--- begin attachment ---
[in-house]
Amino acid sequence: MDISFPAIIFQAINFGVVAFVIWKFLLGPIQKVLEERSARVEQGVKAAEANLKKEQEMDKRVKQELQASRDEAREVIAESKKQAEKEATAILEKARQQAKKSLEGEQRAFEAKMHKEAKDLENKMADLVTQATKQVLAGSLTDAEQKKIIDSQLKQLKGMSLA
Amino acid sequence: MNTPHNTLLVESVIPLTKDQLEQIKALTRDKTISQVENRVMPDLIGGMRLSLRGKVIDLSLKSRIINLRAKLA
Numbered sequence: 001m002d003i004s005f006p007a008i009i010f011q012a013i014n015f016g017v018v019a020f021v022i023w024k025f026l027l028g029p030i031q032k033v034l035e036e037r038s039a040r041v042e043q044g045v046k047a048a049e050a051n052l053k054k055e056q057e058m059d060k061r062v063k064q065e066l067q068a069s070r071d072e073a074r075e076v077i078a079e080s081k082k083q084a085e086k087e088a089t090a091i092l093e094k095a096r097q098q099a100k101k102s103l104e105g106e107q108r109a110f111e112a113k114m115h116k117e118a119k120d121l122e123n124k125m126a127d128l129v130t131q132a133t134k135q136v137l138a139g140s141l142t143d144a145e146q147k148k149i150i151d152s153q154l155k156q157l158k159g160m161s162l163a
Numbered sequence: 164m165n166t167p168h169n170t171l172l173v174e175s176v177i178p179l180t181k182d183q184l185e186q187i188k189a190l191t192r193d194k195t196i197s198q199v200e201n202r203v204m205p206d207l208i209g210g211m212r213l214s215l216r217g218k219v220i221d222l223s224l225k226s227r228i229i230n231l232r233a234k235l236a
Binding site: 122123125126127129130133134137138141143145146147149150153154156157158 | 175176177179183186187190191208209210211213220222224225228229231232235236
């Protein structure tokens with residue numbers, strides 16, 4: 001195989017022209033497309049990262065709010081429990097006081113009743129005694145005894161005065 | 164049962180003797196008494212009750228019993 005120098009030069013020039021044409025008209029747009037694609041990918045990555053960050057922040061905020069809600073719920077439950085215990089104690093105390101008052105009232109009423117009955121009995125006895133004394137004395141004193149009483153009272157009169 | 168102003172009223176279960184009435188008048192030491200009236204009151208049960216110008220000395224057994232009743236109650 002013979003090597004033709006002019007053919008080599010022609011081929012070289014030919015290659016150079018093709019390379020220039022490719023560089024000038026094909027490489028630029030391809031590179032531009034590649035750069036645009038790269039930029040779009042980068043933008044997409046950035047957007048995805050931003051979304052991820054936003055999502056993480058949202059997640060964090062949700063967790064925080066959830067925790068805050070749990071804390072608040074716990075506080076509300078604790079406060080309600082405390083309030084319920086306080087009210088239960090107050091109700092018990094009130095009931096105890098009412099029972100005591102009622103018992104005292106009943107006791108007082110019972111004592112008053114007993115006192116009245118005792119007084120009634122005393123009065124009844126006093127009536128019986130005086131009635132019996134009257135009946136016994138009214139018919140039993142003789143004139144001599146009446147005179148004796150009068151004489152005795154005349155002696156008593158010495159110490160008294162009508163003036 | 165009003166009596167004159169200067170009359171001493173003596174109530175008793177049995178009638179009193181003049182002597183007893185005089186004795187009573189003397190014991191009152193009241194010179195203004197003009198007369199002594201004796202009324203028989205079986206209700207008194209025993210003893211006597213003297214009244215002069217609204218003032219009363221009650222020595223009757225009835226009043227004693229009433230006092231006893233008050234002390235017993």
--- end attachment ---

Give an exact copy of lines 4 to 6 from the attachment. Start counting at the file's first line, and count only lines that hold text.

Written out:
Numbered sequence: 001m002d003i004s005f006p007a008i009i010f011q012a013i014n015f016g017v018v019a020f021v022i023w024k025f026l027l028g029p030i031q032k033v034l035e036e037r038s039a040r041v042e043q044g045v046k047a048a049e050a051n052l053k054k055e056q057e058m059d060k061r062v063k064q065e066l067q068a069s070r071d072e073a074r075e076v077i078a079e080s081k082k083q084a085e086k087e088a089t090a091i092l093e094k095a096r097q098q099a100k101k102s103l104e105g106e107q108r109a110f111e112a113k114m115h116k117e118a119k120d121l122e123n124k125m126a127d128l129v130t131q132a133t134k135q136v137l138a139g140s141l142t143d144a145e146q147k148k149i150i151d152s153q154l155k156q157l158k159g160m161s162l163a
Numbered sequence: 164m165n166t167p168h169n170t171l172l173v174e175s176v177i178p179l180t181k182d183q184l185e186q187i188k189a190l191t192r193d194k195t196i197s198q199v200e201n202r203v204m205p206d207l208i209g210g211m212r213l214s215l216r217g218k219v220i221d222l223s224l225k226s227r228i229i230n231l232r233a234k235l236a
Binding site: 122123125126127129130133134137138141143145146147149150153154156157158 | 175176177179183186187190191208209210211213220222224225228229231232235236